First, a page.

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Prevalence of Extended-Spectrum Beta-Lactamase-Producing Enterobacteriaceae Causing Bloodstream Infections in Cancer Patients from Southwest of Iran

Authors Abbasi Montazeri E, Khosravi AD, Saki M, Sirous M, Keikhaei B, Seyed-Mohammadi S

Received 18 March 2020

Accepted for publication 21 April 2020

Published 6 May 2020 Volume 2020:13 Pages 1319—1326


Checked for plagiarism Yes

Review by Single anonymous peer review

Peer reviewer comments 4

Editor who approved publication: Professor Suresh Antony

Effat Abbasi Montazeri,1,2,* Azar Dokht Khosravi,1,2,* Morteza Saki,1– 3 Mehrandokht Sirous,2,4 Bijan Keikhaei,5 Sakineh Seyed-Mohammadi1– 3

1Infectious and Tropical Diseases Research Center, Health Research Institute, Ahvaz Jundishapur University of Medical Sciences, Ahvaz, Iran; 2Department of Microbiology, Faculty of Medicine, Ahvaz Jundishapur University of Medical Sciences, Ahvaz, Iran; 3Student Research Committee, Ahvaz Jundishapur University of Medical Sciences, Ahvaz, Iran; 4Department of Microbiology and Parasitology, Faculty of Medicine, Bushehr University of Medical Sciences, Bushehr, Iran; 5Thalassemia and Hemoglobinopathy Research Center, Health Institute, Ahvaz Jundishapur University of Medical Sciences, Ahvaz, Iran

*These authors contributed equally to this work

Correspondence: Morteza Saki; Sakineh Seyed-Mohammadi Tel +98 9364221187
; +98 9352655807
Fax +98 6133332036

Introduction: This study aimed to evaluate the frequency rate of extended-spectrum beta-lactamase-producing Enterobacteriaceae (ESBL-PE) causing bloodstream infections (BSIs) in cancer patients referred to one of the major referral hospitals in Ahvaz city, southwest Iran.
Materials and Methods: In this study, 1700 blood cultures were collected from 610 cancer patients suspected to have BSI from October 2016 to August 2017 referred to the Shafa cancer hospital, Ahvaz, southwest of Iran. The blood culture bottles were incubated aerobically at 35– 37ºC for 24 hours and then sub-cultured on routine microbiology culture media. The bacterial colonies were identified using standard tests. The antibiotic susceptibility testing was achieved by the disc-diffusion method. The phenotypic detection of ESBLs was carried out by the combination disc-diffusion test (CDDT). Finally, the polymerase chain reaction (PCR) was performed to investigate the presence of blaTEM, blaCTX, blaSHV, and blaPER genes.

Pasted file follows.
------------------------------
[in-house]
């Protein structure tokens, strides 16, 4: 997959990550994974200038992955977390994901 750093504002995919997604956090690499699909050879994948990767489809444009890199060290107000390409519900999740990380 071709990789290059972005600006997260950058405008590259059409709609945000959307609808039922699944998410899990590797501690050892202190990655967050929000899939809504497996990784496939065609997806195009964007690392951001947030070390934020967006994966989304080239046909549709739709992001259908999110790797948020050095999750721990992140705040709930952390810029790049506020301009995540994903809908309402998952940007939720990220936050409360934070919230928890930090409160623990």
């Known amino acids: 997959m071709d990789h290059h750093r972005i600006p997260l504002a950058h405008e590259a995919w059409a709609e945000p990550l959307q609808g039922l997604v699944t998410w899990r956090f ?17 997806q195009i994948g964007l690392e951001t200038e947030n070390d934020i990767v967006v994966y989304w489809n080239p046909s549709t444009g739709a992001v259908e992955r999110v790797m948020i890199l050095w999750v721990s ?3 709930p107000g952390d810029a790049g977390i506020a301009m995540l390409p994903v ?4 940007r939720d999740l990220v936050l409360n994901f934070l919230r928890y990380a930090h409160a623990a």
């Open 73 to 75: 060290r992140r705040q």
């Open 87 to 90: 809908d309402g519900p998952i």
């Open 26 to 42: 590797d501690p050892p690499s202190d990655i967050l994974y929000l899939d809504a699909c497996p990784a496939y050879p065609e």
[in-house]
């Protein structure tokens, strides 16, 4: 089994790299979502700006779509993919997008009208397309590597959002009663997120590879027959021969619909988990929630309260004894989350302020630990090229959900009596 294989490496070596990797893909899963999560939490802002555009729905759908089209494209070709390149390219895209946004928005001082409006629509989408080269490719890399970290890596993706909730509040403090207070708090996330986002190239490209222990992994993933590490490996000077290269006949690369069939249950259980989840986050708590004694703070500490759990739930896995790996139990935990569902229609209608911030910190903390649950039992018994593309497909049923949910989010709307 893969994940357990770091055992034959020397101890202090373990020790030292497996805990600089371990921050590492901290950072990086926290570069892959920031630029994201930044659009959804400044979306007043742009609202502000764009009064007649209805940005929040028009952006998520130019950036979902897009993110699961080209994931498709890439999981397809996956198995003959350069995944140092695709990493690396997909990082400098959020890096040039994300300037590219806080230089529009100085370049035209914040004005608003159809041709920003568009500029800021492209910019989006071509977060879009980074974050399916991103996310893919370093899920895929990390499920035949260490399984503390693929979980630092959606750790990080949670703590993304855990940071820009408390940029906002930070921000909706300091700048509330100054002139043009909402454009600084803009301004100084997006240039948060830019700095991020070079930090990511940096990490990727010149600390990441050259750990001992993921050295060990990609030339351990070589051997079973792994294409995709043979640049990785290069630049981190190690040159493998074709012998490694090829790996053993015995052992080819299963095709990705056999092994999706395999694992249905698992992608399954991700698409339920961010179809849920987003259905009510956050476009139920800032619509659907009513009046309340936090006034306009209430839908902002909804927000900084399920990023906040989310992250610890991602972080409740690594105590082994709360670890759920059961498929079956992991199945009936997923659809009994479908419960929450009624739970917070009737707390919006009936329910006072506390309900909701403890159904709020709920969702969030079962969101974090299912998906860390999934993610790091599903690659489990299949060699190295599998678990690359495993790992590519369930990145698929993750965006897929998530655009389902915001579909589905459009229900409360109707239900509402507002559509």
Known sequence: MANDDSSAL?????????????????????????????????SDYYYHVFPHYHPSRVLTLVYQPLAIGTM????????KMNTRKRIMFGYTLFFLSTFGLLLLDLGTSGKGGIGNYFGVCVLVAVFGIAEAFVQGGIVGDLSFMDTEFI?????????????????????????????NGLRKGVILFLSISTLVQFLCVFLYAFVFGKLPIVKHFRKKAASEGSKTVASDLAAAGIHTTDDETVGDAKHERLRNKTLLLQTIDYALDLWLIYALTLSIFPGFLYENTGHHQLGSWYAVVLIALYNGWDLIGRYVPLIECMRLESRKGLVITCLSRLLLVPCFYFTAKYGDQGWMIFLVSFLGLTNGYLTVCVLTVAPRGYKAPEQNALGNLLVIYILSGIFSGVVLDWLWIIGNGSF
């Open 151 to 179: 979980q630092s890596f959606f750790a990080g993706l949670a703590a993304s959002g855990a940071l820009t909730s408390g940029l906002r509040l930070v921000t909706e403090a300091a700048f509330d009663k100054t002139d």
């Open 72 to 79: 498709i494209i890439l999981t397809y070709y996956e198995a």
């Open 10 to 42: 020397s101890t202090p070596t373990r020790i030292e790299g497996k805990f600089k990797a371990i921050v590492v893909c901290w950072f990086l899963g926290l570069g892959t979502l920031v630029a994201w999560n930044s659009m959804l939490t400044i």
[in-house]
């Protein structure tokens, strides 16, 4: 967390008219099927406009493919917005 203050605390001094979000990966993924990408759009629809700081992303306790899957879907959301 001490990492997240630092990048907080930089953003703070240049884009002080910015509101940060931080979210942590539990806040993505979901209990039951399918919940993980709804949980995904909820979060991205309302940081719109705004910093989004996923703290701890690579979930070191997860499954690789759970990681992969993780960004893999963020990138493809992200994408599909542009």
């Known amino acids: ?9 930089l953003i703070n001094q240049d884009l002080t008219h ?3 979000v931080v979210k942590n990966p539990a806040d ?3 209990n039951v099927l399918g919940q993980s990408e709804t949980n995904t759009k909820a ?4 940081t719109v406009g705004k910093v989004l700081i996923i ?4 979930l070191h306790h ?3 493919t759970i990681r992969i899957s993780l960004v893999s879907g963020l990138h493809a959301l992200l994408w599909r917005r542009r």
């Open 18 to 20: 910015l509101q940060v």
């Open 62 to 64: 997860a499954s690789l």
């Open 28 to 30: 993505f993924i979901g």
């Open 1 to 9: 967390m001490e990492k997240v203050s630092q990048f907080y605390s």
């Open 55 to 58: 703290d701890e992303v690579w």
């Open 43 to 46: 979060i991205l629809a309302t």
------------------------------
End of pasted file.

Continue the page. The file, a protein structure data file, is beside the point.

Results: The prevalence of BSI in cancer patients was 16.4% (100/610). Gram-negative rods with rate of 74% (74/100) were the most prevalent bacteria. The frequency of Enterobacteriaceae family was 21% including Escherichia coli (n: 8), Klebsiella pneumoniae (n: 6), Enterobacter spp. (n: 5), Citrobacter freundii (n: 1), and Serratia marcescens (n: 1). All isolates were multidrug-resistant (resistance to three or more antibiotics). The results of CDDT showed that 42.8% (9/21) of Enterobacteriaceae isolates had a positive ESBL test of which 100% (9/9) indicated positive band for at least one of the ESBL genes by PCR method. The blaCTX-M and blaTEM genes were detected in 38% (8/21) and 23.8% (5/21) of isolates, respectively, while the blaSHV and blaPER were not detected in any isolates.
Conclusion: Based on the results, surveillance, and antibiotic stewardship programs should be implemented for cancer patients to prevent the spread of more ESBL-PE that have limited therapeutically choices.

Keywords: extended-spectrum beta-lactamase, ESBL, cancer patients, Enterobacteriaceae, hematological malignancies, Iran

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